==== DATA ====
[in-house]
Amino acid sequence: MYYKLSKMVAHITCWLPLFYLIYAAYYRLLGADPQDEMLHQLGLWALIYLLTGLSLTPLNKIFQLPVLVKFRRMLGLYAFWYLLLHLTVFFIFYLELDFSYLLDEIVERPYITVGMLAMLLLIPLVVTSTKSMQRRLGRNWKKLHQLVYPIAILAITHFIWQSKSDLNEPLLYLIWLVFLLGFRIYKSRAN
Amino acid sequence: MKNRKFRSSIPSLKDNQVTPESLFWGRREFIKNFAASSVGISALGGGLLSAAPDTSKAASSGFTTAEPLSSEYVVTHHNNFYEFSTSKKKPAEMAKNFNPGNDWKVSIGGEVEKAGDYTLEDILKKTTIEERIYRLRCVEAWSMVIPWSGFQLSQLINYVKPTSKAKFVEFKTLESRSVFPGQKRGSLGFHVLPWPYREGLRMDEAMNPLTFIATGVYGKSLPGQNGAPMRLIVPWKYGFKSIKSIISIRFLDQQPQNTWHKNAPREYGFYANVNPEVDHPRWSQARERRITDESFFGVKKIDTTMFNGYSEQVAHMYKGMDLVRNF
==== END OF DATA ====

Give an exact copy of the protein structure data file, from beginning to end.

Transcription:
[in-house]
Amino acid sequence: MYYKLSKMVAHITCWLPLFYLIYAAYYRLLGADPQDEMLHQLGLWALIYLLTGLSLTPLNKIFQLPVLVKFRRMLGLYAFWYLLLHLTVFFIFYLELDFSYLLDEIVERPYITVGMLAMLLLIPLVVTSTKSMQRRLGRNWKKLHQLVYPIAILAITHFIWQSKSDLNEPLLYLIWLVFLLGFRIYKSRAN
Amino acid sequence: MKNRKFRSSIPSLKDNQVTPESLFWGRREFIKNFAASSVGISALGGGLLSAAPDTSKAASSGFTTAEPLSSEYVVTHHNNFYEFSTSKKKPAEMAKNFNPGNDWKVSIGGEVEKAGDYTLEDILKKTTIEERIYRLRCVEAWSMVIPWSGFQLSQLINYVKPTSKAKFVEFKTLESRSVFPGQKRGSLGFHVLPWPYREGLRMDEAMNPLTFIATGVYGKSLPGQNGAPMRLIVPWKYGFKSIKSIISIRFLDQQPQNTWHKNAPREYGFYANVNPEVDHPRWSQARERRITDESFFGVKKIDTTMFNGYSEQVAHMYKGMDLVRNF